Shirkey is a great lecturer - he's genuinely pretty funny, he conveys the material in an interesting and lively manner, and his explanations of the content are clear and concise. I took comprehensive notes and found that almost all the time the material we were asked to discuss in exams or on essays was covered thoroughly in lecture. It's worth coming to class for that reason alone. He also interacts with the class somewhat regularly and given that this class seems to attract a lot of veterans, students who don't have that background can gain a lot from listening to the discussions he has with vets about their experiences and how they relate to the course material.
For students interested in security studies and strategy, I would recommend taking this course with the forewarning that the syllabus is not that organized. The class deals with, among other topics, the theoretical basis of strategy, military doctrine, civil-military relations, state-building, the relationship between economic development and war, arms races, the revolution in military affairs, air power, alliances, military intervention, civil wars, future wars, air power, air power, and air power. Shirkey really, really loves air power. If there is sufficient demand for a seminar on the subject I imagine he could talk about it for literally days at a time if asked.
I guess the course is hypothetically exploring "how and why states and non-state actors use violent and non-violent strategies in international politics," according to the syllabus. In reality, I think it's a kind of disparate overview of topics that relate to international security and it isn't obvious why some topics are discussed and others aren't. It's not hugely centered on the U.S. perspective - Shirkey has an impressive command of history and the examples he cites are usually good for understanding the concept at hand and drawn from diverse periods in world history. But I'm not that certain that there is any strong theoretical impulse driving the course or that I have a better understanding of how states make decisions about their security at the philosophical level, although he and the readings do a good job of distilling the basis of decision-making processes at the micro-level of why, say, a state might abandon an alliance partner or launch a targeted air strike at a nuclear facility.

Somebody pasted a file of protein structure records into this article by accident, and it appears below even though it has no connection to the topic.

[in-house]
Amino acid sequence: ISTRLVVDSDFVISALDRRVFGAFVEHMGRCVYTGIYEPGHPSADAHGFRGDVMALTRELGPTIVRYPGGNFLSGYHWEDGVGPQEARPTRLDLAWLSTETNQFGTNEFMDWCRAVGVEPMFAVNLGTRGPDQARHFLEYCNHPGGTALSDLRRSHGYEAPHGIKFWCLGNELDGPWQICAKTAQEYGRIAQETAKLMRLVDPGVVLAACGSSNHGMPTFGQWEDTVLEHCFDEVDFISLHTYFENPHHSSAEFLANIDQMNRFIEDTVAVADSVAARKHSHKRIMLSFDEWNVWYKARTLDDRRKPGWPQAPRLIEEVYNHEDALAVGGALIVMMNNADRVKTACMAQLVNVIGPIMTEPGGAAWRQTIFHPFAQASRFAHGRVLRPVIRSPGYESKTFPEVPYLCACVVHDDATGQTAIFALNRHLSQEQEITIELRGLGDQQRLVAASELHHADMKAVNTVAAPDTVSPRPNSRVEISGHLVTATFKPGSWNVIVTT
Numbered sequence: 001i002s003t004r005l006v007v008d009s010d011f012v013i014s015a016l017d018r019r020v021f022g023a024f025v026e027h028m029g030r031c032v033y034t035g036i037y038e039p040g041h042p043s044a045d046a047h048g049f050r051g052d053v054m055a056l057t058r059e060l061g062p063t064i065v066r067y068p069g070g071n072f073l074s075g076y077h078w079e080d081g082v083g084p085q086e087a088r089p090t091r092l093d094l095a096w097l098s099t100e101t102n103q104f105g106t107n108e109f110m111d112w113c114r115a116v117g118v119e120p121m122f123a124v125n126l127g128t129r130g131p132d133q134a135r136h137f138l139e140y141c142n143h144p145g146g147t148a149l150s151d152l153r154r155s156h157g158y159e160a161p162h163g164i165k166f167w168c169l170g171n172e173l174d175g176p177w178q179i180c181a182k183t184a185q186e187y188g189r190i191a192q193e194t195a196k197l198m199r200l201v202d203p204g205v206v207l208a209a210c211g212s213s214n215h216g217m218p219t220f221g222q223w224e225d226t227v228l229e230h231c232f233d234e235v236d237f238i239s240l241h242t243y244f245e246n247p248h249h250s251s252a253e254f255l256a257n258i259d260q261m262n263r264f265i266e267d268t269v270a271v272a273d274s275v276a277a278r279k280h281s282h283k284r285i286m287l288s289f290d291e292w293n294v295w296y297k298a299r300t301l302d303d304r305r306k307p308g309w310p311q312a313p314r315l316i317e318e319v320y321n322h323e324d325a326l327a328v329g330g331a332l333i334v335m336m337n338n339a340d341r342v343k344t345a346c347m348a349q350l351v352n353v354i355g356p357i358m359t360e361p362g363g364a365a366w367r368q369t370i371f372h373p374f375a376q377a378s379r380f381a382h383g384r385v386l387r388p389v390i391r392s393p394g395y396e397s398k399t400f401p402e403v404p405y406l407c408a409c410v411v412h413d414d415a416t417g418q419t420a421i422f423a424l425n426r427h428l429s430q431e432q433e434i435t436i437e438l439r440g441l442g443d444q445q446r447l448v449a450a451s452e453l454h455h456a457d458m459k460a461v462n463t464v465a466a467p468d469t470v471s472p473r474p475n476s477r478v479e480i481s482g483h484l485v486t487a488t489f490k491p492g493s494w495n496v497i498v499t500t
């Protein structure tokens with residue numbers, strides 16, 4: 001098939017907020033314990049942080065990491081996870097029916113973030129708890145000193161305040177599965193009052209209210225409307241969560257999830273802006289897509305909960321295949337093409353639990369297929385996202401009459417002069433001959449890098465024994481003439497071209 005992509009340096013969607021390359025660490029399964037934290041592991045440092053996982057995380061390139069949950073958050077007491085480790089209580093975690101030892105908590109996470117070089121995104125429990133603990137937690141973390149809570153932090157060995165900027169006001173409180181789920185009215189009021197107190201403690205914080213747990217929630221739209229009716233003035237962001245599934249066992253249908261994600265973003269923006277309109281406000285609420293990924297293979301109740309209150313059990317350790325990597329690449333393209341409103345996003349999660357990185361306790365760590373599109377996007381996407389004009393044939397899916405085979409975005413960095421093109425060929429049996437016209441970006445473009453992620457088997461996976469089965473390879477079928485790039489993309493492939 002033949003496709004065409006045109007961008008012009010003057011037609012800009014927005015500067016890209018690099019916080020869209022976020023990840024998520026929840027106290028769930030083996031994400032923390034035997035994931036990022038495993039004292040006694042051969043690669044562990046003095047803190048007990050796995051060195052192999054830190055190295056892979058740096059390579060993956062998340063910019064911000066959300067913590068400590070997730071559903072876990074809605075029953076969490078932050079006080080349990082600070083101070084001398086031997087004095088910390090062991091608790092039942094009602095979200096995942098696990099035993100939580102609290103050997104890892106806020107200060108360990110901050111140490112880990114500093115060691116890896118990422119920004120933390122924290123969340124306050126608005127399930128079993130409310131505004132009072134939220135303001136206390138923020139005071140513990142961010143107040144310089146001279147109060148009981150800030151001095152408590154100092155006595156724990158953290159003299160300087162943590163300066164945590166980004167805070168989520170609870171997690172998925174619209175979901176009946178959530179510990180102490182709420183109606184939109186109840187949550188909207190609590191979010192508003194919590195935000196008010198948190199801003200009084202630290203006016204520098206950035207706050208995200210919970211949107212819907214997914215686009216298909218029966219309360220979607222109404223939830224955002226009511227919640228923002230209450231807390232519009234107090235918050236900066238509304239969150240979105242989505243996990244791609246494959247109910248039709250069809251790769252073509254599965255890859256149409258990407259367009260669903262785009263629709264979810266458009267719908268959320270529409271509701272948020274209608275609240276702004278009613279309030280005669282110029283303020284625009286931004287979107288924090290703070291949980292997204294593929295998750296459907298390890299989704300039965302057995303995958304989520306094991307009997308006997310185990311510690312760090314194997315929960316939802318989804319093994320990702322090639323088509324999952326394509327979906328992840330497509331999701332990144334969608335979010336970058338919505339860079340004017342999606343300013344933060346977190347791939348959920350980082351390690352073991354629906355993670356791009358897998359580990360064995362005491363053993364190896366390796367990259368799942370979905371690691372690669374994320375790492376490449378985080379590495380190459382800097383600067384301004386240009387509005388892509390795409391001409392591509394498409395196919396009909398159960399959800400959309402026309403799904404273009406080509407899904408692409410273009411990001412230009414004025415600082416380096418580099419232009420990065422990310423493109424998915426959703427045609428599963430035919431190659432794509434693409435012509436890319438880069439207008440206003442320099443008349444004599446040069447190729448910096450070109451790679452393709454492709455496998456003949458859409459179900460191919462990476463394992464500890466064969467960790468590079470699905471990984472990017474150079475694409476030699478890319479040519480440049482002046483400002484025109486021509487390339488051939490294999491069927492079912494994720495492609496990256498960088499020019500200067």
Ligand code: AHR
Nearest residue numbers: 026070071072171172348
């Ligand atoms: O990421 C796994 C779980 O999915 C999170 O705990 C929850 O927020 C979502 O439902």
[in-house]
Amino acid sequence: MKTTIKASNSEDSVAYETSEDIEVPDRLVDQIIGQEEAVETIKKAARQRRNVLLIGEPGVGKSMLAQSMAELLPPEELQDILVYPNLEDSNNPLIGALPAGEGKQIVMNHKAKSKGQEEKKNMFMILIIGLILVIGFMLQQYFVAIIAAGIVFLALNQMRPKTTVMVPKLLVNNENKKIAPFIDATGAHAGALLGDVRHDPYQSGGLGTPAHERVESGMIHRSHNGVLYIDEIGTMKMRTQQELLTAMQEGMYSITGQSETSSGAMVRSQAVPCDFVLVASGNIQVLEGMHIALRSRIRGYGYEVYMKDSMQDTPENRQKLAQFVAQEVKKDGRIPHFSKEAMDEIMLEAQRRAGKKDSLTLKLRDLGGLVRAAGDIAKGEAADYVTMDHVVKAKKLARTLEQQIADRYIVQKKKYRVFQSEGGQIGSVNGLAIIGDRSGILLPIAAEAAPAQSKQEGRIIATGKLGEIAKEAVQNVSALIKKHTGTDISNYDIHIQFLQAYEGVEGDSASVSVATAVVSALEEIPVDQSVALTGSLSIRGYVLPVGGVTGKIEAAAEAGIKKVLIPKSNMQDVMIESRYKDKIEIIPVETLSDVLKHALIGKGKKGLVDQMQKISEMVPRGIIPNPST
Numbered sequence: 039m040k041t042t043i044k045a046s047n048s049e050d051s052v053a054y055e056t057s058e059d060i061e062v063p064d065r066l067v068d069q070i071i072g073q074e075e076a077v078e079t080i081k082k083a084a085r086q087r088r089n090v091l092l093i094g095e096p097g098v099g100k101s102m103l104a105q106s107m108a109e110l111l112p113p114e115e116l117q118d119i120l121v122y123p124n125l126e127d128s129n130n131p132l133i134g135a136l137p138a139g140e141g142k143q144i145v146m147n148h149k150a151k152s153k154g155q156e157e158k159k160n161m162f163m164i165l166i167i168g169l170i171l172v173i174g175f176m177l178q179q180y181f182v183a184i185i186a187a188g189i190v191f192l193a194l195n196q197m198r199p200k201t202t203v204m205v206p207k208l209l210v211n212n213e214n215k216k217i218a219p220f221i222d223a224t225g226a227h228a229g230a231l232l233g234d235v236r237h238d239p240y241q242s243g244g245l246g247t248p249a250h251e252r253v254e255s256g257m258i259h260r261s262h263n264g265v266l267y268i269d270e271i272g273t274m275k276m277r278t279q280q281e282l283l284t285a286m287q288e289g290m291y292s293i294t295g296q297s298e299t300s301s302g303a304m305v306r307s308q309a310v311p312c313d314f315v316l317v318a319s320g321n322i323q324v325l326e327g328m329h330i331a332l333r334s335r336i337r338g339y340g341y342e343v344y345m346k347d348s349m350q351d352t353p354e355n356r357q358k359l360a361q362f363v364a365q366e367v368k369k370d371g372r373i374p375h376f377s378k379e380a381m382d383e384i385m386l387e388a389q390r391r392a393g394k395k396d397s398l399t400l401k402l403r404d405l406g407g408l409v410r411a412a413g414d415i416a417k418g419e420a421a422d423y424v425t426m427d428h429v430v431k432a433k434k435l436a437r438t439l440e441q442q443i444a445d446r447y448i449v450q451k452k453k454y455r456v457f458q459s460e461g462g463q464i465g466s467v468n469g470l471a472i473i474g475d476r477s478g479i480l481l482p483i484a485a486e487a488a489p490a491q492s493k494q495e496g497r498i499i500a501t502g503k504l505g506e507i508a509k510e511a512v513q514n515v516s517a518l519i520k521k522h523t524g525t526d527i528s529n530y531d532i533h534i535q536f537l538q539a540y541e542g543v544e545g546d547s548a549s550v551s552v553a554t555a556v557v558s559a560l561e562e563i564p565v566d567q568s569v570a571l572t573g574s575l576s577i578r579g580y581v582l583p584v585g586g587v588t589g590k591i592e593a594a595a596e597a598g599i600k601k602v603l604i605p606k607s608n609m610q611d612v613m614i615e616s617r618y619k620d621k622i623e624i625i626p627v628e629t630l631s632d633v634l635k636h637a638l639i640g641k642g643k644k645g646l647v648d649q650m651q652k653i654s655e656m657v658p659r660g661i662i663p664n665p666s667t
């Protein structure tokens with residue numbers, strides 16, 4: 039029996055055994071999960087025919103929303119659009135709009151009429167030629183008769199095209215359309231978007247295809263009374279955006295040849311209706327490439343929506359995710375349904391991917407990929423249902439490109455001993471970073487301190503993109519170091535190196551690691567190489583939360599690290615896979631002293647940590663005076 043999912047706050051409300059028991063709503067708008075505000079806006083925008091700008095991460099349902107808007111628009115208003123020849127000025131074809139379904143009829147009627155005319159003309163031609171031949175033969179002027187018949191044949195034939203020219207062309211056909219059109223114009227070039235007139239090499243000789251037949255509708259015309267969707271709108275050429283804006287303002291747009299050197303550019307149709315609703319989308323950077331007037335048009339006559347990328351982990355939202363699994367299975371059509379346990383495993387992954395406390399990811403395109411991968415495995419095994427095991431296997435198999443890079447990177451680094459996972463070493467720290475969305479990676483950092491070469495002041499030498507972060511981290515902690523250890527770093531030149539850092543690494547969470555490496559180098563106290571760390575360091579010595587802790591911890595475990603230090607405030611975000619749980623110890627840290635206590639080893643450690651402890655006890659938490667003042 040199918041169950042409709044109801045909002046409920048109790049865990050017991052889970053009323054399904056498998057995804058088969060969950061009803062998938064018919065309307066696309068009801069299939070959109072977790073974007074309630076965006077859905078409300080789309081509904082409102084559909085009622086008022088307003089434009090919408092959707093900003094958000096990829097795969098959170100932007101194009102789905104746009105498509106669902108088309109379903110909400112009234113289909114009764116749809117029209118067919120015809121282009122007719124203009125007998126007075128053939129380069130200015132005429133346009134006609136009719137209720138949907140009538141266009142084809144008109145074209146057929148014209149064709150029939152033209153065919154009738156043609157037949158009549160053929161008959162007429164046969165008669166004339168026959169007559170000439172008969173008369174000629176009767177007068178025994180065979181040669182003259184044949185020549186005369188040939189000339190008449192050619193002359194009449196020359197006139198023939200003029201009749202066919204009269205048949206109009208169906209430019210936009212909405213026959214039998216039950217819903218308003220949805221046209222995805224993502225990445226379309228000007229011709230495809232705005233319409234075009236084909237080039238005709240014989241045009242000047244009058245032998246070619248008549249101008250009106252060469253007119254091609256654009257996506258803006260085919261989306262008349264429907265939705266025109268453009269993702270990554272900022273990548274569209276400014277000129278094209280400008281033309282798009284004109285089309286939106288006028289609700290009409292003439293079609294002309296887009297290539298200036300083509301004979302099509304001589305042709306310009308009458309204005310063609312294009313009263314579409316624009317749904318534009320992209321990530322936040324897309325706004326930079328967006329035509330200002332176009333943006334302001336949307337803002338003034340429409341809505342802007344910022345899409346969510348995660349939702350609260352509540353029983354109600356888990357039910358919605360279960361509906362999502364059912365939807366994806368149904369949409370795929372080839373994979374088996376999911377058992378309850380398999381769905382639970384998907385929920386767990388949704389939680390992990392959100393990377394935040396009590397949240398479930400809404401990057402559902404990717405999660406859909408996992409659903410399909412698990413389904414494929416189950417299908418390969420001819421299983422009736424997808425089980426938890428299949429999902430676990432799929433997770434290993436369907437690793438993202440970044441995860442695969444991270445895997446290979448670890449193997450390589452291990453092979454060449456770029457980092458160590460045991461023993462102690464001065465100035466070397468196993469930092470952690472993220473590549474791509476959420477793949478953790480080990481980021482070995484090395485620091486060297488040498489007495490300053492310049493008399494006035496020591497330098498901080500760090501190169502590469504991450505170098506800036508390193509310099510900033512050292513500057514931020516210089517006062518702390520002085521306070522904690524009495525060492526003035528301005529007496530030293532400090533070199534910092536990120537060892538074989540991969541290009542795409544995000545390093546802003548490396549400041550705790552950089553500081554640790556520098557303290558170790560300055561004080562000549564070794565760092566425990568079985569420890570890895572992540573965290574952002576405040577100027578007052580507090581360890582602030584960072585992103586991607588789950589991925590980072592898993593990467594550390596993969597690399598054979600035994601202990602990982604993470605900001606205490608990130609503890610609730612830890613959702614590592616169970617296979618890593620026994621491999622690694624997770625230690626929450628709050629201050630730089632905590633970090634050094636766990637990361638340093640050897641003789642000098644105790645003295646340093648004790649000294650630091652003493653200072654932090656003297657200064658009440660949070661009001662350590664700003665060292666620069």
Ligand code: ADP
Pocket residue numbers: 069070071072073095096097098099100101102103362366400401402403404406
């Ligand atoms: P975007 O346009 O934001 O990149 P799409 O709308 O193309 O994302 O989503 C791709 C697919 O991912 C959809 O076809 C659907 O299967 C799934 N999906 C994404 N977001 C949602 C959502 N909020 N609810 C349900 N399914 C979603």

So: expect animated, interesting lectures and a detailed overview of each topic on the syllabus, and there isn't really an excuse for not knowing individual definitions on the exam as long as you come to class and take good notes. Do not expect that you'll be diving deep into military strategy or theory or reading tons of Clausewitz. From what I understand, Richard Betts's War, Peace and Grand Strategy is the best option for that. I'm hoping to take that in the fall and perhaps this course will serve as good preparatory material for that class. I did think the class was still worthwhile - probably the best political science course I've taken two years in as a major, not that that's necessarily saying all that much - and I think it's especially important to consider taking this class if you're really focusing on IR here.